St. George and St. Michael Volume III eBook

This eBook from the Gutenberg Project consists of approximately 169 pages of information about St. George and St. Michael Volume III.

It is indeed a strange story—­king and marquis, attended by a doctor of divinity, of the faith of the one, but the trusted friend of the other, meeting—­at midnight, although in the house of the marquis—­to discuss points of theology—­both king and marquis in mortal terror of discovery.

Meantime Dorothy had done as she had been ordered, had felt her way through the darkness to the picture-gallery, had locked the door at the top of the one stair, and taken her stand in the recess at the foot of the other—­in pitch darkness, close to the king’s bedchamber, for the gallery was but thirteen feet in width, keeping watch over him!  The darkness felt like awe around her.

The door of the chamber opened:  it gave no sound, but the glimmer of the night-light shone out.  By that she saw a figure enter the gallery.  The door closed softly and slowly, and all was darkness again.  No sound of movement across the floor followed:  but she heard a deep sigh, as from a sorely burdened heart.  Then, in an agonised whisper, as if wrung by torture from the depths of the spirit, came the words:  ’Oh Stafford, thou art avenged!  I left thee to thy fate, and God hath left me to mine.  Thou didst go for me to the scaffold, but thou wilt not out of my chamber.  O God, deliver me from blood-guiltiness.’

Dorothy stood in dismay, a mere vessel containing a tumult of emotions.  The king re-entered his chamber, and closed the door.  The same instant a light appeared at the further end of the gallery—­a long way off, and Dr. Bayly came, like a Will o’ the wisp, gliding from afar; till, softly walking up, he stopped within a yard or two of the king’s door, and there stood, with his candle in his hand.  His round face was pale that should have been red, and his small keen eyes shone in the candle light with mingled importance and anxiety.  He saw Dorothy, but the only notice he took of her presence was to turn from her with his face towards the king’s door, so that his shadow might shroud the recess where she stood.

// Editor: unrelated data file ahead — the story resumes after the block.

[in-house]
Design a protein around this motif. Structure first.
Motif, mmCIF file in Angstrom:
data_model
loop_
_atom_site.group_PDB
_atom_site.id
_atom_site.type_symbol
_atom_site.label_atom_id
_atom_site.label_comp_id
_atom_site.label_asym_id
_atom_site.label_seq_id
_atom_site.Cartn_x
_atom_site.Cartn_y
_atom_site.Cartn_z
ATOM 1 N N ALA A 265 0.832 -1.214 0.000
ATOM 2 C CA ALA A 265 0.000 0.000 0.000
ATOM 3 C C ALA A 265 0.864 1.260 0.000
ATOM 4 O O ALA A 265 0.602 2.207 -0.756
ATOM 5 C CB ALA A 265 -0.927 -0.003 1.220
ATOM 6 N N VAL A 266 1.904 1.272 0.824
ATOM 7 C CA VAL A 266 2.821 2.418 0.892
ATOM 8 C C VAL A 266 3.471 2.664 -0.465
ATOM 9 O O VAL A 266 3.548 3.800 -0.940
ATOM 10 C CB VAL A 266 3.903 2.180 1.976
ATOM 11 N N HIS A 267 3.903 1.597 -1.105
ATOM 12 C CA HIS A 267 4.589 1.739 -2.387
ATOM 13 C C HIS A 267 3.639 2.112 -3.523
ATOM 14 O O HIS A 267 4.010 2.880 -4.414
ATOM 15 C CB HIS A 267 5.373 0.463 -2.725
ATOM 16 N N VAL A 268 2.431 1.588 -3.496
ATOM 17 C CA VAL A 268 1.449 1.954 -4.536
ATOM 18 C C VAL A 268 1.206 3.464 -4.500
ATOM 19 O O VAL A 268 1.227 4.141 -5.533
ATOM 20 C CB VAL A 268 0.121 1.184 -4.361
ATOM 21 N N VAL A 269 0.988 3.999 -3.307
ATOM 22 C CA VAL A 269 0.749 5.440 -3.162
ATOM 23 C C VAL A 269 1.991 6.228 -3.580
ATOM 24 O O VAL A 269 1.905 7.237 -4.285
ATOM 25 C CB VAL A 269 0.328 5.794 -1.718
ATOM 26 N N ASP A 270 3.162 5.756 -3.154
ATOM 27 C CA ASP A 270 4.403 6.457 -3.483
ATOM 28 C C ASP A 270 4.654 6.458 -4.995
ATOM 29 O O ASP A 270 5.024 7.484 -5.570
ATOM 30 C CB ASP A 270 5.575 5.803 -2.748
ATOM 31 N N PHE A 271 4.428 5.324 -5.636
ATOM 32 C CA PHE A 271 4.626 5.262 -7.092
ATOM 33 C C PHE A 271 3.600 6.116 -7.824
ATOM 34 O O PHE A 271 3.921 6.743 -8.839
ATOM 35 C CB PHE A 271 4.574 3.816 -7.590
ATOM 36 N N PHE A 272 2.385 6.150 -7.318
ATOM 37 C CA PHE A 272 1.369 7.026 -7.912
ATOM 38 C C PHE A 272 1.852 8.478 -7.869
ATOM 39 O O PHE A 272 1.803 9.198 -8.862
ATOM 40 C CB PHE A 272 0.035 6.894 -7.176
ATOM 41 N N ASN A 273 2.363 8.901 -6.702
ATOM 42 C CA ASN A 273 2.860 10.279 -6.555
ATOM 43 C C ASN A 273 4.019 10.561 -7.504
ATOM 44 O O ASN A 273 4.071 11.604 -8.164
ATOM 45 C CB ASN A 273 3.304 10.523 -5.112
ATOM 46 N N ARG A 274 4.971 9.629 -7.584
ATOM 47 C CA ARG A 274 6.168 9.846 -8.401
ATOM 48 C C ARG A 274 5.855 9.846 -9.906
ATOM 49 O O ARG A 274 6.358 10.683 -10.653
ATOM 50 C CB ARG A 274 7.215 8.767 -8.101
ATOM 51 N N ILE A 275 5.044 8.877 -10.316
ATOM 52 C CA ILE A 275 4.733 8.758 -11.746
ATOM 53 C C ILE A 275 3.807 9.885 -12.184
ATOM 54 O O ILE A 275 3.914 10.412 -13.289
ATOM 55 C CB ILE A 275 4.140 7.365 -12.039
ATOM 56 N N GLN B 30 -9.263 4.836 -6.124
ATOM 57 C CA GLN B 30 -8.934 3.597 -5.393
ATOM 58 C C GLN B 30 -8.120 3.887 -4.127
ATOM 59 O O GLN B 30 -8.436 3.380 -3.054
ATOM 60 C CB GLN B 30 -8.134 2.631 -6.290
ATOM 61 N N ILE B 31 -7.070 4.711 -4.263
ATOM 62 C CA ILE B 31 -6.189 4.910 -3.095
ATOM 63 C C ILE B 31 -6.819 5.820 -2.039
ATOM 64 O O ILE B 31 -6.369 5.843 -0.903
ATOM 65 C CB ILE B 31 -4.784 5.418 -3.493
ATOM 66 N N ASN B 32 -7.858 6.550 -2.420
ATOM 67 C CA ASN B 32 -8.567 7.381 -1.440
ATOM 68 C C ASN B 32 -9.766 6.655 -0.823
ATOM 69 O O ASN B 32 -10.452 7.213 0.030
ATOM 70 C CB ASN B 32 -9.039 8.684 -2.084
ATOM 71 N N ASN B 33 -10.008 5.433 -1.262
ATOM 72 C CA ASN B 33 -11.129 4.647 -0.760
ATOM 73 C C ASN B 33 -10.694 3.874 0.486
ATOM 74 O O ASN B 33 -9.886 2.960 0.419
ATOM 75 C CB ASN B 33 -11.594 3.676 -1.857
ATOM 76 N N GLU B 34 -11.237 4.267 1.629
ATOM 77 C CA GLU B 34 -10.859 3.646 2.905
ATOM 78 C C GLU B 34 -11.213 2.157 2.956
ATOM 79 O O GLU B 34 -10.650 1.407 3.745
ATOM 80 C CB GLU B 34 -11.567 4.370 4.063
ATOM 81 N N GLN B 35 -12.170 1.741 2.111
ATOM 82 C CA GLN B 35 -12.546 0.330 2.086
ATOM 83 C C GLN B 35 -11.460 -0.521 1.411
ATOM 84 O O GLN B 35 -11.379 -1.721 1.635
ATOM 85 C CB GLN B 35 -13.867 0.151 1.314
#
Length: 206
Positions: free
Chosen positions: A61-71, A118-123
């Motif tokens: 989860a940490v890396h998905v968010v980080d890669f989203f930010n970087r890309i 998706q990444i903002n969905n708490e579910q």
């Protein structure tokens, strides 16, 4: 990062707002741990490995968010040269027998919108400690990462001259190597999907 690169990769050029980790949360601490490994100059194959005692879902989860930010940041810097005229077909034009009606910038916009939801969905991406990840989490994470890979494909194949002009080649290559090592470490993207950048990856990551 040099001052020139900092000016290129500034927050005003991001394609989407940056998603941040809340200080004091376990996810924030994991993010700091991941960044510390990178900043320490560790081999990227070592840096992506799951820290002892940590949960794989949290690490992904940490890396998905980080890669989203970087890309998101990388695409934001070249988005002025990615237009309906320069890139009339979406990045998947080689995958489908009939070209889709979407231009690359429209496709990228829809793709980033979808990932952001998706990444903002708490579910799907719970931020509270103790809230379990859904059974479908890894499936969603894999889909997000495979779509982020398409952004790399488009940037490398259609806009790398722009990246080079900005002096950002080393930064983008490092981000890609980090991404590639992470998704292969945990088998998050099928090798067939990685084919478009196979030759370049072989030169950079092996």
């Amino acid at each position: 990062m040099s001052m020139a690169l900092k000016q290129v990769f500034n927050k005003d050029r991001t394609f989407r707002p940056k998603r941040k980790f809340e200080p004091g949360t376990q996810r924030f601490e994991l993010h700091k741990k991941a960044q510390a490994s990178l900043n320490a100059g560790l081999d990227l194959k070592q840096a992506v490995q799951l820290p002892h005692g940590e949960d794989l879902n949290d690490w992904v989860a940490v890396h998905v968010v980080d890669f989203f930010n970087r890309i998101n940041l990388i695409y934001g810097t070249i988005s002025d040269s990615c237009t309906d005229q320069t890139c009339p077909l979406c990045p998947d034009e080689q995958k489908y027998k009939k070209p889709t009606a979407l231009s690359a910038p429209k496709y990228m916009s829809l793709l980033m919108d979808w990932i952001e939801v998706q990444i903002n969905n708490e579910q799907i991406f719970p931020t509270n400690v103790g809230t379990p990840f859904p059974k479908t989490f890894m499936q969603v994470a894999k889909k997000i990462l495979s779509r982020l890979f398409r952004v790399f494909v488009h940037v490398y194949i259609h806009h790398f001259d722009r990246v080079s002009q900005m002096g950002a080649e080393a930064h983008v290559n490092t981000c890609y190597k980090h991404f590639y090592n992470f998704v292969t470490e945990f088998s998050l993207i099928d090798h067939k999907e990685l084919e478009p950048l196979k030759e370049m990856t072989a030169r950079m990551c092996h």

A minute or so passed, and the king’s door re-opened.  He came out, said a few words in a whisper to his guide, and walked with him down the gallery, whispering as he went.

Dorothy hastened to her chamber, threw herself on the bed, and wept.  The king was cast from the throne of her conscience, but taken into the hospital of her heart.

What followed between the king and the marquis belongs not to my tale.  When, after a long talk, the chaplain had conducted the king to his chamber and returned to lord Worcester, he found him in the dark upon his knees.

CHAPTER XLVI.

Gifts of healing.

Soon after the king’s departure, the marquis received from him a letter containing another addressed ’To our Attorney or Solicitor-General for the time being,’ in which he commanded the preparation of a bill for his majesty’s signature, creating the marquis of Worcester duke of Somerset.  The enclosing letter required, however, that it should—­’be kept private, until I shall esteem the time convenient.’  In the next year we have causes enough for the fact that the king’s pleasure never reached any attorney or solicitor-general for the time being.

Copyrights
Project Gutenberg
St. George and St. Michael Volume III from Project Gutenberg. Public domain.
Follow Us on Facebook